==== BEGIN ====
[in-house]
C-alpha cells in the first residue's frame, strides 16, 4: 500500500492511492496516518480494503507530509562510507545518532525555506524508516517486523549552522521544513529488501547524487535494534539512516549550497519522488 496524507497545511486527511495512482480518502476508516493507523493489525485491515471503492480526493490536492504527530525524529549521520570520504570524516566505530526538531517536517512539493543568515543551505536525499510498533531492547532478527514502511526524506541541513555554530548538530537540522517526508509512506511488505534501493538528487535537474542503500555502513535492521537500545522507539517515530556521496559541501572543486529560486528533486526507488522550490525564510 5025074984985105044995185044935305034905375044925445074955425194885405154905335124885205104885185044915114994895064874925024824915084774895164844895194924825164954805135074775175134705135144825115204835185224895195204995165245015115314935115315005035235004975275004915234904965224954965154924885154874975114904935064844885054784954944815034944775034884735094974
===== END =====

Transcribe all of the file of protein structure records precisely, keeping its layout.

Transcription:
[in-house]
C-alpha cells in the first residue's frame, strides 16, 4: 500500500492511492496516518480494503507530509562510507545518532525555506524508516517486523549552522521544513529488501547524487535494534539512516549550497519522488 496524507497545511486527511495512482480518502476508516493507523493489525485491515471503492480526493490536492504527530525524529549521520570520504570524516566505530526538531517536517512539493543568515543551505536525499510498533531492547532478527514502511526524506541541513555554530548538530537540522517526508509512506511488505534501493538528487535537474542503500555502513535492521537500545522507539517515530556521496559541501572543486529560486528533486526507488522550490525564510 5025074984985105044995185044935305034905375044925445074955425194885405154905335124885205104885185044915114994895064874925024824915084774895164844895194924825164954805135074775175134705135144825115204835185224895195204995165245015115314935115315005035235004975275004915234904965224954965154924885154874975114904935064844885054784954944815034944775034884735094974